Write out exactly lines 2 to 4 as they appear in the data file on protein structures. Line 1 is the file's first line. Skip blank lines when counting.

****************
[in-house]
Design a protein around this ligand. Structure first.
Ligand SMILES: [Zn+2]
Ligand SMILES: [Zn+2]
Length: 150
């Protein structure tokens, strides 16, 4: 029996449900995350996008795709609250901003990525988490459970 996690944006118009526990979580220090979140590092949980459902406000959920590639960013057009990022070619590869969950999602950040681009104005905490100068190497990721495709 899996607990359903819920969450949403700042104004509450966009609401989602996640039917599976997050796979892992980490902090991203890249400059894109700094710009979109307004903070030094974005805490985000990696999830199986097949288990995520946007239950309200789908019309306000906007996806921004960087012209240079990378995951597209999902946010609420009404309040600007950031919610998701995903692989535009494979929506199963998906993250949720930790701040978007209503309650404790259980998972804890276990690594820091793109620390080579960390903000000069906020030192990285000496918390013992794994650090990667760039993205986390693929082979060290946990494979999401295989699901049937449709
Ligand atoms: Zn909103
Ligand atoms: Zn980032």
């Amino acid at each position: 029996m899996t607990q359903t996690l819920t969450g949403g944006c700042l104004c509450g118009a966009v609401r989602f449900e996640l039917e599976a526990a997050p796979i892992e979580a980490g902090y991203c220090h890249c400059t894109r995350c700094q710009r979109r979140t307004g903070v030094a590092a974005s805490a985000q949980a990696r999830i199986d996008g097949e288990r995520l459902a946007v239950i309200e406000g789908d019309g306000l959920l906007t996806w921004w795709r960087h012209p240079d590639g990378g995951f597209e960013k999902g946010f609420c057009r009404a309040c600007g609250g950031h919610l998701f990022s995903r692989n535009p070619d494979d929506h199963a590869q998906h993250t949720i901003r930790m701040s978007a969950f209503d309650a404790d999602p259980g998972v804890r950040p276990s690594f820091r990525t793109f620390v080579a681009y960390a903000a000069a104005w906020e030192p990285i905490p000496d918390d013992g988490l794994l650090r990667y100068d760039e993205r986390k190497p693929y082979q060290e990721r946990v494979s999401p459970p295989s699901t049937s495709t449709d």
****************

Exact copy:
Design a protein around this ligand. Structure first.
Ligand SMILES: [Zn+2]
Ligand SMILES: [Zn+2]